Fasting, pregnancy, & childbirth
13 July, 2004
I am 7 1/2 months pregnant now. By the time it's TIsha B'Av I will be 8 months pregnant. Is it ok for me to fast? Or should I only try half a day?
And, I am due 5 days before Yom Kippur, again, what should I do about fasting, and if the baby is born before that, I do plan on breast feeding, what do I do about fasting in that situation?
Pregnant women should fast on Tisha B'av and Yom Kippur. The halacha is far more stringent on Yom Kippur (a biblically mandated fast with severe punishment attached) than on Tisha Bav (a fast instituted by rabbinic decree). You should discuss with your physician if there is anything in your pregnancy that makes you more high risk, and if so ask a specific question of a rabbi. Otherwise, you should start the fast assuming that you will complete it. If you are feeling unwell, spend the day in bed! Don't go to shul, even though it's Yom Kippur. Getting through the fast safely is more important.
If you feel unwell, you should also consult a rabbi about continuing the fast. If he feels that your situation is serious enough to allow you not to fast, on Yom Kippur he will likely direct you to eat and drink small amounts at given intervals (shiurim) rather than eating normally. In similar circumstances on Tisha Bav, one who is permitted to break the fast may eat and drink normally (but not for enjoyment).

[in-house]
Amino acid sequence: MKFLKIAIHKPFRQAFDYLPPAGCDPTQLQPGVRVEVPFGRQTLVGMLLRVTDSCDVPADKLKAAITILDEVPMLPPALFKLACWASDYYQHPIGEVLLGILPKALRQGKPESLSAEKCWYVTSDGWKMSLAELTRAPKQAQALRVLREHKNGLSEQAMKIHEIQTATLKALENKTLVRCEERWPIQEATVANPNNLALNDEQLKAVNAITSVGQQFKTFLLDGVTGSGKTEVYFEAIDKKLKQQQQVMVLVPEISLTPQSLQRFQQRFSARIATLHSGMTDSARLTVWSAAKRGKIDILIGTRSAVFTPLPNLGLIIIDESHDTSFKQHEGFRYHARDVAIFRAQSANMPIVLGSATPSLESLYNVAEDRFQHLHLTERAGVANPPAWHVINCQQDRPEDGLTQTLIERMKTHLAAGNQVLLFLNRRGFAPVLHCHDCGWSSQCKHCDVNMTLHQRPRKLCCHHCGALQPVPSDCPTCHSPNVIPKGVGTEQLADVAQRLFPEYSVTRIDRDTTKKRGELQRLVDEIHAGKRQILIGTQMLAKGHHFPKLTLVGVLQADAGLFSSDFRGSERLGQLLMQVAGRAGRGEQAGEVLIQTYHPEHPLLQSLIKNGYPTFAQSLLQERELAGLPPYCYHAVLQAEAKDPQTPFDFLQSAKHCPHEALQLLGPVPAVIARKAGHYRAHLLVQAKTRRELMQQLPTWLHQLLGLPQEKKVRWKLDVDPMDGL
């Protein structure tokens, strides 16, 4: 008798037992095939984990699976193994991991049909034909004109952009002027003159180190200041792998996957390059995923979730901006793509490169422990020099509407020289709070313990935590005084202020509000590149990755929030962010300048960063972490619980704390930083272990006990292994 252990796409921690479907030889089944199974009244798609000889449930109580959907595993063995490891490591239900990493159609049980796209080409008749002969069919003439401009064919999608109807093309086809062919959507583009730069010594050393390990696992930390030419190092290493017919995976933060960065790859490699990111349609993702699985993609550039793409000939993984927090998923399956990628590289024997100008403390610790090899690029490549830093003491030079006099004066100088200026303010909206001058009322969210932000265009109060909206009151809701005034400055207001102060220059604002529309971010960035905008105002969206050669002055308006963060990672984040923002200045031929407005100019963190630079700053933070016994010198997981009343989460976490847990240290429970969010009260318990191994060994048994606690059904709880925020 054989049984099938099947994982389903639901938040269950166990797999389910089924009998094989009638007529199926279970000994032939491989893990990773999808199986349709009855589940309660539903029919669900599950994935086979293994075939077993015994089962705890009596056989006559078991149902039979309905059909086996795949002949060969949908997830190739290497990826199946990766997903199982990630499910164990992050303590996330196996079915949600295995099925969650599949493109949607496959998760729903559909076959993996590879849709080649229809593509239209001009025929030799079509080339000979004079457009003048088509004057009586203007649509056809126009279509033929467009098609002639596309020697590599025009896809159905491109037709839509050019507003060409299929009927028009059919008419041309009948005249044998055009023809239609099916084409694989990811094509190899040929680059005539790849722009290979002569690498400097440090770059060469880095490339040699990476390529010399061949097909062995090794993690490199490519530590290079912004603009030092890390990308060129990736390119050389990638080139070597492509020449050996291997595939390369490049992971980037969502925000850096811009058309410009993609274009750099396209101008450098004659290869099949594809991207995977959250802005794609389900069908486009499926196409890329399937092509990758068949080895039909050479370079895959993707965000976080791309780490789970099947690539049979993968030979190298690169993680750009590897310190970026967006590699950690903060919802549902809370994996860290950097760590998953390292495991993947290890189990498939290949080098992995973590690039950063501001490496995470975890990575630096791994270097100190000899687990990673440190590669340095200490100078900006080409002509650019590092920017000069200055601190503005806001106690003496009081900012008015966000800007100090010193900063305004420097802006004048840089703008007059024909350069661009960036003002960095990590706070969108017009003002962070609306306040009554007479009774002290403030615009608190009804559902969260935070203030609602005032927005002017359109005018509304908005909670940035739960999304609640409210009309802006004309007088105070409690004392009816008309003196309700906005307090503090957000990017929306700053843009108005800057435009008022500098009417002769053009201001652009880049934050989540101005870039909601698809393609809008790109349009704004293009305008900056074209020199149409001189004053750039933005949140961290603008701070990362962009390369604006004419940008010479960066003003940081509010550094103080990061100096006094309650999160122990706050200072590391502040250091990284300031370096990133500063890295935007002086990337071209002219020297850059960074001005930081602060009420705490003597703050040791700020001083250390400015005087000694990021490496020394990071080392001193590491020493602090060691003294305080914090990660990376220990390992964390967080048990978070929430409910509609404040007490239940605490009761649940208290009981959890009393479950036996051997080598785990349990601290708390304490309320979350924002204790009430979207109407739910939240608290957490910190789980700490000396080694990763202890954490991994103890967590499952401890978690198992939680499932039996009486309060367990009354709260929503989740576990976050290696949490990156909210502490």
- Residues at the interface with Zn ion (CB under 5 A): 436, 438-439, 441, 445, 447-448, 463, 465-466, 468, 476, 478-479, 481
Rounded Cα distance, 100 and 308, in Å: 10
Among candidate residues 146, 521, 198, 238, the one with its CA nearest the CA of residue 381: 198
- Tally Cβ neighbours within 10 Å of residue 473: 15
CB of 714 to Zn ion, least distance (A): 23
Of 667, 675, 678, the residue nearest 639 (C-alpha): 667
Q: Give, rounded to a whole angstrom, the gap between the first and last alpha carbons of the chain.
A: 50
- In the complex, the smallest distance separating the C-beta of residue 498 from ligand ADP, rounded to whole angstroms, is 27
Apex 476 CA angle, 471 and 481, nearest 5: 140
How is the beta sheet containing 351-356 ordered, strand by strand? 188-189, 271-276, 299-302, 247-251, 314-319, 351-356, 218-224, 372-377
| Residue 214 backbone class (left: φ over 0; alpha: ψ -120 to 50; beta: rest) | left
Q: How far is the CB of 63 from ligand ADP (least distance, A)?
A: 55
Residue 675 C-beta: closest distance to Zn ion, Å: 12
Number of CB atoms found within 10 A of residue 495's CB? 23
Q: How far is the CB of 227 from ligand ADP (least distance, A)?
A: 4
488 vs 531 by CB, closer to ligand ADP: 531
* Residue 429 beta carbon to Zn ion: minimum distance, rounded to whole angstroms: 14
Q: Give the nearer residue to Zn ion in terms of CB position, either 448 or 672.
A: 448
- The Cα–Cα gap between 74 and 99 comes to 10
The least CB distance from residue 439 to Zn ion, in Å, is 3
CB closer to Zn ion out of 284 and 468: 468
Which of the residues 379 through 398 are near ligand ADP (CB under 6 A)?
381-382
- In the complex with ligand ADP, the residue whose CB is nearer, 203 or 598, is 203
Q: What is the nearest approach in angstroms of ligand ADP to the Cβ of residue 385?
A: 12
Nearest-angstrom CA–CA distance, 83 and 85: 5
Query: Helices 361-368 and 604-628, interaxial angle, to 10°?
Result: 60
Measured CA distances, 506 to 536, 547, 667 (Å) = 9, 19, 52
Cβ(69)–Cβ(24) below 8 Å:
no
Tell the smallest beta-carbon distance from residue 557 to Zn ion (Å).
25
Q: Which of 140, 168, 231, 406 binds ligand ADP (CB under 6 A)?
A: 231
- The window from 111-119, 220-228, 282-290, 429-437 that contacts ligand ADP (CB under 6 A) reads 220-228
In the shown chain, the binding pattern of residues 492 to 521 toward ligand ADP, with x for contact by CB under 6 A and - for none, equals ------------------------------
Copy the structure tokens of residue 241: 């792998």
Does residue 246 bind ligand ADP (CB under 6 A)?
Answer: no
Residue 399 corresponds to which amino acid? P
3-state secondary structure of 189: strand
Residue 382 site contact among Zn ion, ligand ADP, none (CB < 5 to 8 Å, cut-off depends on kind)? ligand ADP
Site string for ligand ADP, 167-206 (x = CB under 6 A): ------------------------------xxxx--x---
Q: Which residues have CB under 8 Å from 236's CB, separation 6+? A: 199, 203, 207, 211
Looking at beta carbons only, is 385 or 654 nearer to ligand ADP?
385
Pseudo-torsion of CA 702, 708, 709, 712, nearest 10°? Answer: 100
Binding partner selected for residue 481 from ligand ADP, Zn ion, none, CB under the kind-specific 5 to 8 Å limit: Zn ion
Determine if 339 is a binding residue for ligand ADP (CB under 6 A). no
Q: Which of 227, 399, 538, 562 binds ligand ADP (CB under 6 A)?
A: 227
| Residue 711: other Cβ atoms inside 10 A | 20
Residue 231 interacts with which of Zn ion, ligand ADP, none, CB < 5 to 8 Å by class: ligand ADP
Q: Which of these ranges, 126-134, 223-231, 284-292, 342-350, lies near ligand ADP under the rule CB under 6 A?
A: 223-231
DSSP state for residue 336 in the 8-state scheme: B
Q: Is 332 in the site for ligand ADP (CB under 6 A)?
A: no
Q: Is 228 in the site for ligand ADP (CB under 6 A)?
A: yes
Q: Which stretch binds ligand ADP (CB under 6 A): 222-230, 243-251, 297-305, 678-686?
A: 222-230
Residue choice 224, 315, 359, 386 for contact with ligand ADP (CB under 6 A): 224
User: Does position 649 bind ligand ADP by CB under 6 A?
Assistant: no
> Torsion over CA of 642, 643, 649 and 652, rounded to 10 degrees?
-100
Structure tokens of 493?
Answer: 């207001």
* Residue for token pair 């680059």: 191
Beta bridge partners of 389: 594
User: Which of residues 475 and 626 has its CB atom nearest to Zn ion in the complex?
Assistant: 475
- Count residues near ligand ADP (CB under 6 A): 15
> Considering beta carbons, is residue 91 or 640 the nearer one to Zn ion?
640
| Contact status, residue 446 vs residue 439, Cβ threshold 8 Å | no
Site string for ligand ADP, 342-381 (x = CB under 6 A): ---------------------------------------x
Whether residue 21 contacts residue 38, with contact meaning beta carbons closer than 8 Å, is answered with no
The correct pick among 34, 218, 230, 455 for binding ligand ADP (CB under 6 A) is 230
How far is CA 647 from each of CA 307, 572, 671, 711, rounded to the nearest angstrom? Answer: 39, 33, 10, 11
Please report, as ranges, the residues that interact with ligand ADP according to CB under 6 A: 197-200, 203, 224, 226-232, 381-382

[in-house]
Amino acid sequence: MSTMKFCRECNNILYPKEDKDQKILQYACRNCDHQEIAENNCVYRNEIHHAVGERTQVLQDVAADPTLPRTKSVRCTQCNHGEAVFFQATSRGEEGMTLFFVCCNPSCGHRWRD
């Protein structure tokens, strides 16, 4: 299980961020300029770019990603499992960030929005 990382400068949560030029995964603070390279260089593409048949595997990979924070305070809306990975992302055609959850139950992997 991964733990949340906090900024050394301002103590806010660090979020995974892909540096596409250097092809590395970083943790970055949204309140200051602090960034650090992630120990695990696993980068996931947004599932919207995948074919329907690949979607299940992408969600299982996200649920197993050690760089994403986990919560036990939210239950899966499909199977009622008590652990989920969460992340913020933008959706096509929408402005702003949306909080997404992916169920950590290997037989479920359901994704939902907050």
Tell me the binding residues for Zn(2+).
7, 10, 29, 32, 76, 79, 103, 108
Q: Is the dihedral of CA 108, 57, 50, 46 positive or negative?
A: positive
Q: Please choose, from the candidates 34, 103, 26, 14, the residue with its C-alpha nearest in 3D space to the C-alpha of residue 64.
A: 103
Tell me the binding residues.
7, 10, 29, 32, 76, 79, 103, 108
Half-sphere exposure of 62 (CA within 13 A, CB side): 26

A woman in labor does not fast on Yom Kippur from the time she becomes niddah. (There is room to permit eating earlier in labor if she is especially frightened or distraught.) Women during the three days after childbirth also do not fast on Yom Kippur. Between 4-7 days postpartum it is likely that they should not fast, but a specific question should be asked at that point if it is relevant. (There are additional leniencies on Tisha B'Av – a specific question should be asked if this is relevant.)
Breastfeeding women also fast on Yom Kippur and Tisha B'Av. This should not present a problem as long as the mother and baby are healthy and nursing is going well. The mother should drink a lot before and after the fast and plan to rest and nurse her baby a lot the day after the fast. On the fast she should minimize her activities (not even going to synagogue unless she feels wonderful). If there are any health issues for either mother or baby, or if their have been any problems with nursing, a specific question should be asked of a rabbi.
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